How To Look Like A Skiing Top Gun

Like many seniors dependent on glasses and contact lens-phobic, I’ve always searched for a way to keep my specs from fogging up while skiing.  I overheat easily and goggles steam up so none of the usual tricks (rubbing dry soap on the lenses, etc.) help for long. I tried different goggles with a tiny built-in fan, but those have other drawbacks. A very good solution is

The Osbe's visor allows a flow of air to evaporate fog. Credit:  Michael Conley
The Osbe’s visor allows a flow of air to evaporate fog.
Credit: Michael Conley

the Osbe Proton Senior, a helmet featuring an integral pivoting visor that covers your face— but not your nose—from the cheeks up. I’ve used mine for a few years now in a variety of conditions, and I’m quite happy with it. There are several advantages to this visored helmet over the traditional helmet/goggle combo.

Most important for me, no fogging of my glasses at all!  The visor doesn’t actually contact your face to form a seal like a typical goggle. There is an “air dam” of foam rubber on the inside lower edge to minimize the gap, but a small amount of air can circulate through the inside of the visor. This is necessary to continually clear away any buildup of humidity, and it works very well. Occasionally on the lift a bit of fogging can occur depending on the wind but never while skiing.  Another important benefit is a greatly increased field of vision. The Osbe visor, unlike goggles, does not make a frame around your face with thick foam that restricts peripheral vision; this helps avoid what I consider the biggest danger on the slopes:  other skiers.

Since the visor does not touch your face there is no pressure to restrict breathing through the nose. Goggles tended to press my glasses into my face, and occasionally I almost pulled my glasses off when removing them. It’s a simple

Admit it.  Navy pilot helmets are cool.  Check that visor. Credit: Andrea Salimbeti
Admit it. Navy pilot helmets are cool. Check that visor.
Credit: Andrea Salimbeti

matter to pivot the well-made, distortion-free visor up or down as needed.  Since the visor is very light, it doesn’t affect the balance of the helmet.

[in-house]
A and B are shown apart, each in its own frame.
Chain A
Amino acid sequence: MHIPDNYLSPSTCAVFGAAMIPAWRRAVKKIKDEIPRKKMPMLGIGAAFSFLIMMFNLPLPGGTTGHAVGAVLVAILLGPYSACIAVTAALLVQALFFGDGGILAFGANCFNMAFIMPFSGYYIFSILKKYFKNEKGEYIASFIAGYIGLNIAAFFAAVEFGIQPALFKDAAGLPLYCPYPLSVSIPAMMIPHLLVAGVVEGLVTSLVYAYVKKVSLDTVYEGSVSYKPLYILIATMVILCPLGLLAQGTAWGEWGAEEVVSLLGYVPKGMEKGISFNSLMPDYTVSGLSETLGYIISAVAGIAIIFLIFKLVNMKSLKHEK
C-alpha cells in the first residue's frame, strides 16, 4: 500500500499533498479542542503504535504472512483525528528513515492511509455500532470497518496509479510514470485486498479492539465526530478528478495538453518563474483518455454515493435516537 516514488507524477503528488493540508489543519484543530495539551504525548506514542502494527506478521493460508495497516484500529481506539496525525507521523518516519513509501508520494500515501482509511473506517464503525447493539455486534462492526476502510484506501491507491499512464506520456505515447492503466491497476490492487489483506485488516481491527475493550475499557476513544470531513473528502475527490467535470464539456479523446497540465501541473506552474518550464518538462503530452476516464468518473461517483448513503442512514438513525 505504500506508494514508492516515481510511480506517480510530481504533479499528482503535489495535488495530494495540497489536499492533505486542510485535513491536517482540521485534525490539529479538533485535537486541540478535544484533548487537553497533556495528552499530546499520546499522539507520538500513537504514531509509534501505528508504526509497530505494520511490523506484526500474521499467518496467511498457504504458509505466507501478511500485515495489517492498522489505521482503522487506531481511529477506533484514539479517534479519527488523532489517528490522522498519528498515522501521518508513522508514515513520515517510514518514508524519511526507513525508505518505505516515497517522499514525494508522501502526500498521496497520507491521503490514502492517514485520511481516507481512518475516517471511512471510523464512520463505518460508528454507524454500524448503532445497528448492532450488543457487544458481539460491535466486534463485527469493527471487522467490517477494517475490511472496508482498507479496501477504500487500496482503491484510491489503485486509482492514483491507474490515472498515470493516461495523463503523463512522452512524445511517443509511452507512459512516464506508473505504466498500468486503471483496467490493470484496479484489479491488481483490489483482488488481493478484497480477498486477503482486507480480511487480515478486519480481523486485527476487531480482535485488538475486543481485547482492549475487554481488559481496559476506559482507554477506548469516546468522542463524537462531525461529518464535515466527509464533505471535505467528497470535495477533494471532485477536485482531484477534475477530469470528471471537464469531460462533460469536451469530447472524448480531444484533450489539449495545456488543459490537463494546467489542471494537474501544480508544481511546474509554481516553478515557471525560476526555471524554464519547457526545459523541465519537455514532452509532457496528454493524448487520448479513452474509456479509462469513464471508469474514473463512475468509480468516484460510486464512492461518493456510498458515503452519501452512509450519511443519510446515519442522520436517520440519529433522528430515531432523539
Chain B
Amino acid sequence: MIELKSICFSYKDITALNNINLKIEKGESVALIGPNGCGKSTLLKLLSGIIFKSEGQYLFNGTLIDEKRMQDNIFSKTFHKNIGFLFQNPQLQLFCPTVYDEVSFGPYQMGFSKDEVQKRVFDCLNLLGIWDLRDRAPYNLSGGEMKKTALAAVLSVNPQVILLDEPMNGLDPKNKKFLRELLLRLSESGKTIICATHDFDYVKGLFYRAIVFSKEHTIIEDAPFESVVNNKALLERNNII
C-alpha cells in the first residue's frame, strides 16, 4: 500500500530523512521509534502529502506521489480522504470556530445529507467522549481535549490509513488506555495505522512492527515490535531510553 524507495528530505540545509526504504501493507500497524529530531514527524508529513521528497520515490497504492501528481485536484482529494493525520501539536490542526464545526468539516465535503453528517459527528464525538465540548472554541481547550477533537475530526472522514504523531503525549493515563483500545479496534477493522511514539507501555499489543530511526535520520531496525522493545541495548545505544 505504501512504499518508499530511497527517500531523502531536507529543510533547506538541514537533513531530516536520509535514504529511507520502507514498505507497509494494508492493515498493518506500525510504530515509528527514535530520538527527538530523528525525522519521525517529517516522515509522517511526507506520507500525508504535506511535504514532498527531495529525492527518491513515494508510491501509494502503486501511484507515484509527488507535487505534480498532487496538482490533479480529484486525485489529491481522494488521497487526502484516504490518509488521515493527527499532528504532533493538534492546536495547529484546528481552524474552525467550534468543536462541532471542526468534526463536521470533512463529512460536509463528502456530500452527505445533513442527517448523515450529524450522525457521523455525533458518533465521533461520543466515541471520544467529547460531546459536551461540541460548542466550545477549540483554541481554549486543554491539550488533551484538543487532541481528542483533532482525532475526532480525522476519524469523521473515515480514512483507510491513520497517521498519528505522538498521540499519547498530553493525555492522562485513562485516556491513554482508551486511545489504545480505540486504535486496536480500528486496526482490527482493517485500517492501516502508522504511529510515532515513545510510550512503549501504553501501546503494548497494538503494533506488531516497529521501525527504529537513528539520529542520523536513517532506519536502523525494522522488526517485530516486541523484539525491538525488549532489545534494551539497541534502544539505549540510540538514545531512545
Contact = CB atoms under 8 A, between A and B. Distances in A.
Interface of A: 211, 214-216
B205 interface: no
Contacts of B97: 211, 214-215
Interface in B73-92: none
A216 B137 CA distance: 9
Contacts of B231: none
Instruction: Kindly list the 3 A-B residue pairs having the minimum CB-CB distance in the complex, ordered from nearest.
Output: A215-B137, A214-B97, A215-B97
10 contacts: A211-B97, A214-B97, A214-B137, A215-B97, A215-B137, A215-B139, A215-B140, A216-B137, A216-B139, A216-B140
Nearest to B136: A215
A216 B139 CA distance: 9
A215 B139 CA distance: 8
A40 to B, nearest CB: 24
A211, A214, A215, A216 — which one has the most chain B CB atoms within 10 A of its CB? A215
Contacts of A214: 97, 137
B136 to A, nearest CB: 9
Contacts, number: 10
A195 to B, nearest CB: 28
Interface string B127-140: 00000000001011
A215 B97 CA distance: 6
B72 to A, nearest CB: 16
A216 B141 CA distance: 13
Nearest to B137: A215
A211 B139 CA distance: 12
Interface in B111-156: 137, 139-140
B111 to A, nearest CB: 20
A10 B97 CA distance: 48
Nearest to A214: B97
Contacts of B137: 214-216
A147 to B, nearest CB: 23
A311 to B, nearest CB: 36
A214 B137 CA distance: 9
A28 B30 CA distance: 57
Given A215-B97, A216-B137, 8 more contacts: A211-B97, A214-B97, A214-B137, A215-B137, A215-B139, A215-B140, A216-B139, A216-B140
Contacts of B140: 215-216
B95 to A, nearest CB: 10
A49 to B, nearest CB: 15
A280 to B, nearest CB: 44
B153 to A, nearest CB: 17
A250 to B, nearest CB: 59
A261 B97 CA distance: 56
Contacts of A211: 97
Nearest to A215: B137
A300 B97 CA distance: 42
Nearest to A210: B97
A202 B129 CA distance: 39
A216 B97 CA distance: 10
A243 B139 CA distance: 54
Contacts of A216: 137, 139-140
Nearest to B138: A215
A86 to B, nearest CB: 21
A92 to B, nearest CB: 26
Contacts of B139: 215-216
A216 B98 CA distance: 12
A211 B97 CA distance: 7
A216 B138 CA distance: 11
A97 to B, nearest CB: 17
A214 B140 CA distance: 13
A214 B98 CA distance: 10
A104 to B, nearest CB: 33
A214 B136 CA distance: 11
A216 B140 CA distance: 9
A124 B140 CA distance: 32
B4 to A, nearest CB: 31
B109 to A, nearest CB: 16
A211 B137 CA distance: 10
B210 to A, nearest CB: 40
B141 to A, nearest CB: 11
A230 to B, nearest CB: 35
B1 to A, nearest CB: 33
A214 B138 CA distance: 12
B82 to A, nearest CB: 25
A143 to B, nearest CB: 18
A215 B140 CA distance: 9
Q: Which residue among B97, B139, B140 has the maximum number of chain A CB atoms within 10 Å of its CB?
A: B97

Visors are available in clear, mirrored, smoke and orange and can be easily changed in a few minutes. One minor problem is a small loose part that can fall off in the visor-changing process, so be careful. I just leave the orange visor on at all times and use clip-on shades when needed.

Osbe is an Italian maker of motorcycle helmets with years of experience in helmet design. Maybe being European-designed the sizing seems to run small. I’ve always worn a large in helmets, but the sizing chart on the Osbe website indicated I should wear a medium (my head is about 23-1/2″ around). I ordered a large anyway, and it was definitely too tight, so I ended up with an XL which fits fine.

The Osbe tends to start conversations on the chair—some say it looks odd. I’m 58, and I couldn’t care less at this point in my life if it does. Seeing clearly at all times is key. If I make someone smile, hey, what’s bad about that?

For more information: check Osbe Ski Helmets

What’s your experience been with Osbe?

SeniorsSkiing Contributor Michael Conley re-discovered skiing in his late 40’s when his daughter took up snowboarding. A Brooklyn, NY-based artist and furniture maker, he skis as often as possible (not nearly enough…) in upstate New York and New England, with excursions to Montana where that now grown-up daughter is in college. In warmer weather he kayaks and hikes and bikes with his cold-phobic wife.

Editor’s Curiosity Corner:  According to the NSAA, 77% of skiers 55-64 and 81% of skiers 65 and over wear helmets.  If you do, what’s your rationale?  If you don’t, what’s up?  Let us know.

 

4 Comments

  1. I am a 70 year old aggressive skier looking for similar folks in Vail, colorado.

    Never worn a helmet although my grandkids are bugging me since they love tree sking in the back bowls

  2. I’m a little confused on the sizing, you stated:

    “Maybe being European-designed the sizing seems to run small. I’ve always worn a large in helmets, but the sizing chart on the Osbe website indicated I should wear a medium (my head is about 23-1/2″ around). I ordered a large anyway, and it was definitely too tight, so I ended up with an XL which fits fine.”

    So you usually wear a large but they said to wear a medium but you really needed an XL?

    • Michael Conley says:

      Hi Ed – you’ve got it! The main point is their nominal sizes are misleading. It’s best if you can try the helmet on to see what fits you best – mail order may not be a good idea.

  3. Rocco Ciancio says:

    I am thinking about getting this helmet. I wear prescription goggles and at the stage where I need a new pair. Did you buy the helmet online from OSBE or with a bricks and mortar ski store?
    Cheers,

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